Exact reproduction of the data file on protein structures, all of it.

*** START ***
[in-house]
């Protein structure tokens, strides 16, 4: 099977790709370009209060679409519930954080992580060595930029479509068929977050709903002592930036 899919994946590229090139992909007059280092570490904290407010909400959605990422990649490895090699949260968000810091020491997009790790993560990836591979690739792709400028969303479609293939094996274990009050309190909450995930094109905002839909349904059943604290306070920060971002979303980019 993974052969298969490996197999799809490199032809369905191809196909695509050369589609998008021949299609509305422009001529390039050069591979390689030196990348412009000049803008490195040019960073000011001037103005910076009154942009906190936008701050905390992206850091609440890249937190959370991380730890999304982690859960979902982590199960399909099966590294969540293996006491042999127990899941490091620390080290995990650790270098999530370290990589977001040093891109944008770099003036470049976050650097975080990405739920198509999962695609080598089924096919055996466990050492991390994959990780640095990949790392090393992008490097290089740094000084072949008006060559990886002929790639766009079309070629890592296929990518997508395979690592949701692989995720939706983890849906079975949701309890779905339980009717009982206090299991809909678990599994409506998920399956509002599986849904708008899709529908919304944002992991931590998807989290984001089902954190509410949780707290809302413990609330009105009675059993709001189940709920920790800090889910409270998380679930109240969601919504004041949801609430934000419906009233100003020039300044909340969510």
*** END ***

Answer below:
[in-house]
């Protein structure tokens, strides 16, 4: 099977790709370009209060679409519930954080992580060595930029479509068929977050709903002592930036 899919994946590229090139992909007059280092570490904290407010909400959605990422990649490895090699949260968000810091020491997009790790993560990836591979690739792709400028969303479609293939094996274990009050309190909450995930094109905002839909349904059943604290306070920060971002979303980019 993974052969298969490996197999799809490199032809369905191809196909695509050369589609998008021949299609509305422009001529390039050069591979390689030196990348412009000049803008490195040019960073000011001037103005910076009154942009906190936008701050905390992206850091609440890249937190959370991380730890999304982690859960979902982590199960399909099966590294969540293996006491042999127990899941490091620390080290995990650790270098999530370290990589977001040093891109944008770099003036470049976050650097975080990405739920198509999962695609080598089924096919055996466990050492991390994959990780640095990949790392090393992008490097290089740094000084072949008006060559990886002929790639766009079309070629890592296929990518997508395979690592949701692989995720939706983890849906079975949701309890779905339980009717009982206090299991809909678990599994409506998920399956509002599986849904708008899709529908919304944002992991931590998807989290984001089902954190509410949780707290809302413990609330009105009675059993709001189940709920920790800090889910409270998380679930109240969601919504004041949801609430934000419906009233100003020039300044909340969510």